Introducing Yumen Pass
Yumen Pass, also known as Jade Gate or Pass of the Jade Gate, is the name of a pass located west of Dunhuang. In ancient times, this was a pass through which the Silk Road passed, and was the one road connecting Central Asia and China, the former called the Western Regions. Just to the south was the Yangguan pass, which was also an important point on the Silk Road.
Yumen Pass Fast Facts
• Chinese Name: Yumenguan 玉门关
• Best Time to Visit: May to October
• Recommended Visiting Hours: About 1 hour
• Things to Do: Photography, Hiking, Archaeology
• Opening Hours: 08:00-18:00
• Entrance Fee: ¥40
• Address: 90 km Northwest of Dunhuang, Jiuquan, Gansu Province
What to expect at Yumen Pass
“Travellers to ‘The Western Regions’ left China through the famous Yumenguan, or ‘Jade Gate Frontier-post,’ named for the many jade caravans that passed through it. The original Jade Gate was erected by Emperor Wudi (Emperor Wu of Han) soon after 121 BCE and its ruins may still be seen about 80 kilometers (50 miles) to the northwest of Dunhuang which was, until the 6th century, the final outpost of Chinese territory for caravans on their long caravan journeys to India, Parthia, and the Roman Empire.”
The remains of these two important Han-dynasty gates are about 68 kilometres (42 miles) apart, at either end of the Dunhuang extension of the Great Wall. Until the Tang dynasty, when the gates fell into disuse, all caravans travelling through Dunhuang were required to pass through one of these gates, then the westernmost passes of China. Yumenguan lies about 80 kilometres (50 miles) northwest of Dunhuang. It was originally called the ‘Square City,’ but because the great jade caravans from Khotan entered through its portals, it became known as the Jade Gate Pass. In the third and fourth centuries, turmoil swept through Central Asia, disrupting overland trade, and the sea route via India began to supplant it. By the sixth century, as caravans favored the northern route via Hami, the pass was abandoned. In 1907, Sir Aurel Stein found bamboo slips naming the site as Yumenguan, and in 1944 Chinese archaeologists discovered relics that confirmed this. With its 10-metre-high (32 foot) mud walls pierced by four gateways, the square enclosure covered more than 600 square metres (718 square yards) in the midst of unbounded desolation.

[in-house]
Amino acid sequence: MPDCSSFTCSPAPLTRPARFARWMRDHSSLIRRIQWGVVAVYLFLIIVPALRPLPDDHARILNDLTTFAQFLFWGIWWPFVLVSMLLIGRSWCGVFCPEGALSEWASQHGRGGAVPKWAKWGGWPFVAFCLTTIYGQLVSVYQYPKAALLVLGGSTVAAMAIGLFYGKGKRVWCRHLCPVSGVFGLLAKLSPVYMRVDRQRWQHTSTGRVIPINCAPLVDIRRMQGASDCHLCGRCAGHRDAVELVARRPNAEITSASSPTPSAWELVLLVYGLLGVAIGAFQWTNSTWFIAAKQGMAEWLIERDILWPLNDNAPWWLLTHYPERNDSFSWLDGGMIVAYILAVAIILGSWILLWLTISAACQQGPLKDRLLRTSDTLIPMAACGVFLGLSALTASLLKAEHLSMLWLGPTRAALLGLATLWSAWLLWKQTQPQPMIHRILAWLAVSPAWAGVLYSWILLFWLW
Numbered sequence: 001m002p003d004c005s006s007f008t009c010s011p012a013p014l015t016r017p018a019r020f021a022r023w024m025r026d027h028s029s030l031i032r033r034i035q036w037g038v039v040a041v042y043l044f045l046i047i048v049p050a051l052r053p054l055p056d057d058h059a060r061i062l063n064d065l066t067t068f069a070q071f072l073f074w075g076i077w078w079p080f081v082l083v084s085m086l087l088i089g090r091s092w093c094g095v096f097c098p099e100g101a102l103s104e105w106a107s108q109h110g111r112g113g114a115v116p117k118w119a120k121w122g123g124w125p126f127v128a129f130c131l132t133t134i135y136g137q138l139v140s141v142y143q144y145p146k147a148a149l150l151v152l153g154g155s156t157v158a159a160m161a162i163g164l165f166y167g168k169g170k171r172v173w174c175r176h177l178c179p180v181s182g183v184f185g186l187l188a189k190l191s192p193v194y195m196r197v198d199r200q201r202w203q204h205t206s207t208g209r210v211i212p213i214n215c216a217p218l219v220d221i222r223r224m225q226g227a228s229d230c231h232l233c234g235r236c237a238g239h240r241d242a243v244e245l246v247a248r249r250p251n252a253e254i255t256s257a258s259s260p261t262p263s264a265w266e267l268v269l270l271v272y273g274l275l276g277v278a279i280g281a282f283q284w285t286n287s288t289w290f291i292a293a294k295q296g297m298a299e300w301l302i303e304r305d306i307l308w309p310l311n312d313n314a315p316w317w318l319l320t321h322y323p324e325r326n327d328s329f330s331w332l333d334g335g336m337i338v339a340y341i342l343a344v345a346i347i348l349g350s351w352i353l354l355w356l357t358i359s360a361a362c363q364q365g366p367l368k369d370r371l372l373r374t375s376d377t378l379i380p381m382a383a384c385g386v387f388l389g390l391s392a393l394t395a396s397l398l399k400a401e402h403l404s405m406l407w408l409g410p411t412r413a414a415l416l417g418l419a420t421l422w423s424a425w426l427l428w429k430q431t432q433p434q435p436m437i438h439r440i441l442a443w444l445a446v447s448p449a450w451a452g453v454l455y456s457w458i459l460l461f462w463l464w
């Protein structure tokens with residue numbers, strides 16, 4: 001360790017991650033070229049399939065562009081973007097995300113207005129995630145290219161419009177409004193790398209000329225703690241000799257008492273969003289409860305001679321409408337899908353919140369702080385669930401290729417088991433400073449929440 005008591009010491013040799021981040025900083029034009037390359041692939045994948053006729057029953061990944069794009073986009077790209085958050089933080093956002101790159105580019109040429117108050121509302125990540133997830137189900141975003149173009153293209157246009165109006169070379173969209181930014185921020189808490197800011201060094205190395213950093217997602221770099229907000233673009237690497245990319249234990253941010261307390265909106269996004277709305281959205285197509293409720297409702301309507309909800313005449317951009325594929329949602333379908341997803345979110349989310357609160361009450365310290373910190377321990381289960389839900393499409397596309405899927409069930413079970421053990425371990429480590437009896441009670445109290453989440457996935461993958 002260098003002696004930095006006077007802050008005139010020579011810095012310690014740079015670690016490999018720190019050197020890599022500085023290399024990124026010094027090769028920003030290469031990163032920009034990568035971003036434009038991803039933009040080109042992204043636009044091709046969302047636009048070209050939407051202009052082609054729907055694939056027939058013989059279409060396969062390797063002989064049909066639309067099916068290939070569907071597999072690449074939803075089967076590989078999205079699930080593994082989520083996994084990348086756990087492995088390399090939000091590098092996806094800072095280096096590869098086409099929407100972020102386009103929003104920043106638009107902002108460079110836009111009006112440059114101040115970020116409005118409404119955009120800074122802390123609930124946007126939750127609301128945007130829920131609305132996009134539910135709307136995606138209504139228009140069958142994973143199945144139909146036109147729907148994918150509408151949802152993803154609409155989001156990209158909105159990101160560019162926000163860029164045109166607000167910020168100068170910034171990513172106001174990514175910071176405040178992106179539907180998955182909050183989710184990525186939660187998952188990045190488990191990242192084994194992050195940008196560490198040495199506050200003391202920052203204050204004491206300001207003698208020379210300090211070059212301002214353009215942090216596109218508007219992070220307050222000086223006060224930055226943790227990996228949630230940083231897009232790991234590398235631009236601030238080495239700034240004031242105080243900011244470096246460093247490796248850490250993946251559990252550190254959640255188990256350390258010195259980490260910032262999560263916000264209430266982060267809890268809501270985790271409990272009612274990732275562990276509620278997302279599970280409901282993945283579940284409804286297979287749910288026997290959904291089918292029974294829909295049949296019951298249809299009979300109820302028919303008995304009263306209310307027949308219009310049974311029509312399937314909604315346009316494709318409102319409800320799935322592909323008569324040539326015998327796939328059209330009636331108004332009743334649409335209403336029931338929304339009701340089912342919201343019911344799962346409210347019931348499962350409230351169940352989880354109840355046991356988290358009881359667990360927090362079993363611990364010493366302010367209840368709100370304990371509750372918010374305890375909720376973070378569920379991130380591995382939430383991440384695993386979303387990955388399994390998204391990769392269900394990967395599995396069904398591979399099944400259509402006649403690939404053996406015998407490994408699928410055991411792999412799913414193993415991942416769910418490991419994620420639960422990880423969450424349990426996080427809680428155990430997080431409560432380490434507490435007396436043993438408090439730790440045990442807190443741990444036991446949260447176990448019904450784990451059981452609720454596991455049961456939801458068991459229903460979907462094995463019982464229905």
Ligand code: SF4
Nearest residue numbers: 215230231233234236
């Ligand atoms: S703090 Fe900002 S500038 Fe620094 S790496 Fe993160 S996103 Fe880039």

How to get to Yumen Pass
• Take a Tourist Bus from Dunhuang Hotel (North Section) to Yumen Pass. The bus stops at Dunhuang Tourist Center, Western Thousand Buddha Caves, Yanguan Pass, Yumen Pass and Yadan Geological Park. The bus departs at 08:30 every day. Visitors can book the tickets at Dunhuang Tourist Center, each Tourist Information Center in Dunhuang and the Tourist Hall of Singing Sand Dunes & Crescent Lake Scenic Area.
• Rent a vehicle to the pass is more convenient.
Additional travel advice on Yumen Pass
• Please prepare a scarf to cover your face in case there are sandstorms.
• Please wear sunscreen creams.